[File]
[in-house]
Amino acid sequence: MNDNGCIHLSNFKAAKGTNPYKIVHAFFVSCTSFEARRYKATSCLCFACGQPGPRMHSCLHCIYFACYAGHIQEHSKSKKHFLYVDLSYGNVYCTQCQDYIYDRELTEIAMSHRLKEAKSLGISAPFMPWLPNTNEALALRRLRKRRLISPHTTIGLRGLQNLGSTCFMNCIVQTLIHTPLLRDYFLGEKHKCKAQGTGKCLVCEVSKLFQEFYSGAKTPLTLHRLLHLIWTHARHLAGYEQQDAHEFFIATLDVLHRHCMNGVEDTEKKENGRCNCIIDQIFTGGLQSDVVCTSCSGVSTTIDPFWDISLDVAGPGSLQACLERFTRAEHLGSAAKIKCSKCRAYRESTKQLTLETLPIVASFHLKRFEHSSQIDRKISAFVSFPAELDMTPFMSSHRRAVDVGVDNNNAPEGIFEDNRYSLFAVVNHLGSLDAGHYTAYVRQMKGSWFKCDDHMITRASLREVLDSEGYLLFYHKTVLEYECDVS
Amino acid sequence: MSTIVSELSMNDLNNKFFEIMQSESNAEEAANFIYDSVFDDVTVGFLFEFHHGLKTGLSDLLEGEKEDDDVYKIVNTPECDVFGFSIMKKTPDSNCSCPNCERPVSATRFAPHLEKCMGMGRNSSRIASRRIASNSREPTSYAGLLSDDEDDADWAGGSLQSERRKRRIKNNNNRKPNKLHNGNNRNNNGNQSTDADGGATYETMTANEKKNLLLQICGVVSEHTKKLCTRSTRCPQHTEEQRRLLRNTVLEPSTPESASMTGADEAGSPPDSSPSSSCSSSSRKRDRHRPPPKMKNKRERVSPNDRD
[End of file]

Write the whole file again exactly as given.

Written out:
[in-house]
Amino acid sequence: MNDNGCIHLSNFKAAKGTNPYKIVHAFFVSCTSFEARRYKATSCLCFACGQPGPRMHSCLHCIYFACYAGHIQEHSKSKKHFLYVDLSYGNVYCTQCQDYIYDRELTEIAMSHRLKEAKSLGISAPFMPWLPNTNEALALRRLRKRRLISPHTTIGLRGLQNLGSTCFMNCIVQTLIHTPLLRDYFLGEKHKCKAQGTGKCLVCEVSKLFQEFYSGAKTPLTLHRLLHLIWTHARHLAGYEQQDAHEFFIATLDVLHRHCMNGVEDTEKKENGRCNCIIDQIFTGGLQSDVVCTSCSGVSTTIDPFWDISLDVAGPGSLQACLERFTRAEHLGSAAKIKCSKCRAYRESTKQLTLETLPIVASFHLKRFEHSSQIDRKISAFVSFPAELDMTPFMSSHRRAVDVGVDNNNAPEGIFEDNRYSLFAVVNHLGSLDAGHYTAYVRQMKGSWFKCDDHMITRASLREVLDSEGYLLFYHKTVLEYECDVS
Amino acid sequence: MSTIVSELSMNDLNNKFFEIMQSESNAEEAANFIYDSVFDDVTVGFLFEFHHGLKTGLSDLLEGEKEDDDVYKIVNTPECDVFGFSIMKKTPDSNCSCPNCERPVSATRFAPHLEKCMGMGRNSSRIASRRIASNSREPTSYAGLLSDDEDDADWAGGSLQSERRKRRIKNNNNRKPNKLHNGNNRNNNGNQSTDADGGATYETMTANEKKNLLLQICGVVSEHTKKLCTRSTRCPQHTEEQRRLLRNTVLEPSTPESASMTGADEAGSPPDSSPSSSCSSSSRKRDRHRPPPKMKNKRERVSPNDRD